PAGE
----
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  • The Scene
  • This Film Is Not Yet Rated

    The Motion Picture Association of America: The way they award ratings to filmmakers is off-limits to filmmakers and the public. This de facto censorship has filmmaker Kirby Dick up in arms. He set out to expose the secret members and practices of the MPAA, and it wasn’t easy. The organization works inside a gated compound, employs a clandestine ratings panel and forces all employees to sign strict confidentiality agreements. Dick’s film confronts the MPAA’s claim that it uses common-sense “parental” guidelines, revealing a system that’s completely arbitrary and woefully out of touch with contemporary society. Studio films are favored over independents, violence is preferred to sex, and gay themes or female sexuality are heavily restricted. Dick succeeds in exposing the MPAA’s public dishonesty and questionable business practices; two former employees break their code of silence and explain how raters are given no guidelines and are often pressured into building a consensus.
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  • The Scene
  • The U.S. vs. John Lennon

    In the new documentary The U.S. vs. John Lennon, writer-directors David Leaf and John Scheinfeld create a focused and seamless time capsule of the period from roughly 1966 to 1976 when the Nixon White House — convinced that one man could sway a youthful new voter demographic and change the outcome of the 1972 election — set J. Edgar Hoover and the power of the U.S. government on a mission to quash a Beatle. As former FBI agent Wesley Swearingen says, “the problem was not with his music, but with his friends.”
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Food & Drink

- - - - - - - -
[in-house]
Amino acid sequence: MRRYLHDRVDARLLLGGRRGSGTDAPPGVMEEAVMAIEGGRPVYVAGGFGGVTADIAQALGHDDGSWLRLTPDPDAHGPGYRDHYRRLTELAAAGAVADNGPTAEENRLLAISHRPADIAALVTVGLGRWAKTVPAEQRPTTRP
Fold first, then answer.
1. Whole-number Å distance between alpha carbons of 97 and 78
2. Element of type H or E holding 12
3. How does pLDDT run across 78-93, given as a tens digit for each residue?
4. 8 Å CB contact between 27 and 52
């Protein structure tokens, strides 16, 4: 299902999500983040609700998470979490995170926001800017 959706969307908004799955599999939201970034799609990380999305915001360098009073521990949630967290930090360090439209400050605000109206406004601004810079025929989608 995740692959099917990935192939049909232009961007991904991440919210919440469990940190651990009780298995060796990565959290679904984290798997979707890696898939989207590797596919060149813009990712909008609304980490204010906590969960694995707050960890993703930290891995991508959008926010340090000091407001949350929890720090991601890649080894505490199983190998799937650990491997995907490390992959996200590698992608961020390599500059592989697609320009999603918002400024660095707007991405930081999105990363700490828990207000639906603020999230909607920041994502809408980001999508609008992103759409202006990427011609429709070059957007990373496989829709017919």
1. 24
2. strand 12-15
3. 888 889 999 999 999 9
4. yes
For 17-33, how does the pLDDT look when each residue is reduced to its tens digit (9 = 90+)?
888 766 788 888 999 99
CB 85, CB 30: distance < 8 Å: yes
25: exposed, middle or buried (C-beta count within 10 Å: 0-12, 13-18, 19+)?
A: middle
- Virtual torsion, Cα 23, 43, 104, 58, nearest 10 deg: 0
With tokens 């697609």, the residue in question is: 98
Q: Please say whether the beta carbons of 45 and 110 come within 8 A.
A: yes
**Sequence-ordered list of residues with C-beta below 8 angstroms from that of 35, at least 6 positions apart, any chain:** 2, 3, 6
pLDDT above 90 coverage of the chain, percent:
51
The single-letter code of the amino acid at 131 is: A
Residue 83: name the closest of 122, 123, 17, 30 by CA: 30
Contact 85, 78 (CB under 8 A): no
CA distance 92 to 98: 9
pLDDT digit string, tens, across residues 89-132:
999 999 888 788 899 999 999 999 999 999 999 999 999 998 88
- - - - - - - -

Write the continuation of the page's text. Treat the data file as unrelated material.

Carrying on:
• Table and Bar
  • Dublin your pleasure

    Irish pubs, which have long been a feature of the American drinking scene, have become a worldwide phenomenon, flourishing in such unlikely venues as Moscow and Tokyo. And so it makes sense that the Blarney Stone's everyday menu is all-American pub grub. The appetizers, which average around $6, are dominated by scores of familiar deep-fat fried items, many of which are available in the hefty Pot of Gold sampler that includes serviceable renditions of potato skins, chicken strips, jalapeno peppers, mozzarella cheese sticks and onion rings. A more unusual appetizer, though no less calorie-laden, is pizza dip, which deconstructs a pie into a creamy mass of cheese, pepperoni and sauce, with soft bread sticks as dippers. The Susie-Q-Fish & Chips dinner ($10.95) is based on the original recipe of the celebrated drive-in restaurant. Burton fries his freshly-cut scrod encased in a secret-recipe batter that emerges as a thick, crispy but surprisingly light crust, accompanied by house-made tartar sauce and Susie’s vinegar-based cole slaw. Try the order of five flavorful burger sliders ($5.95) — with pickles, onions and a tomato-mustard sauce. There are 10 other burger varieties, including, again for the health-conscious, bison or turkey. There are plenty of beers either on tap or in bottles, with Guinness drawn in the traditional manner, as the bartender permits some time to elapse before topping it off. A handful of wines are available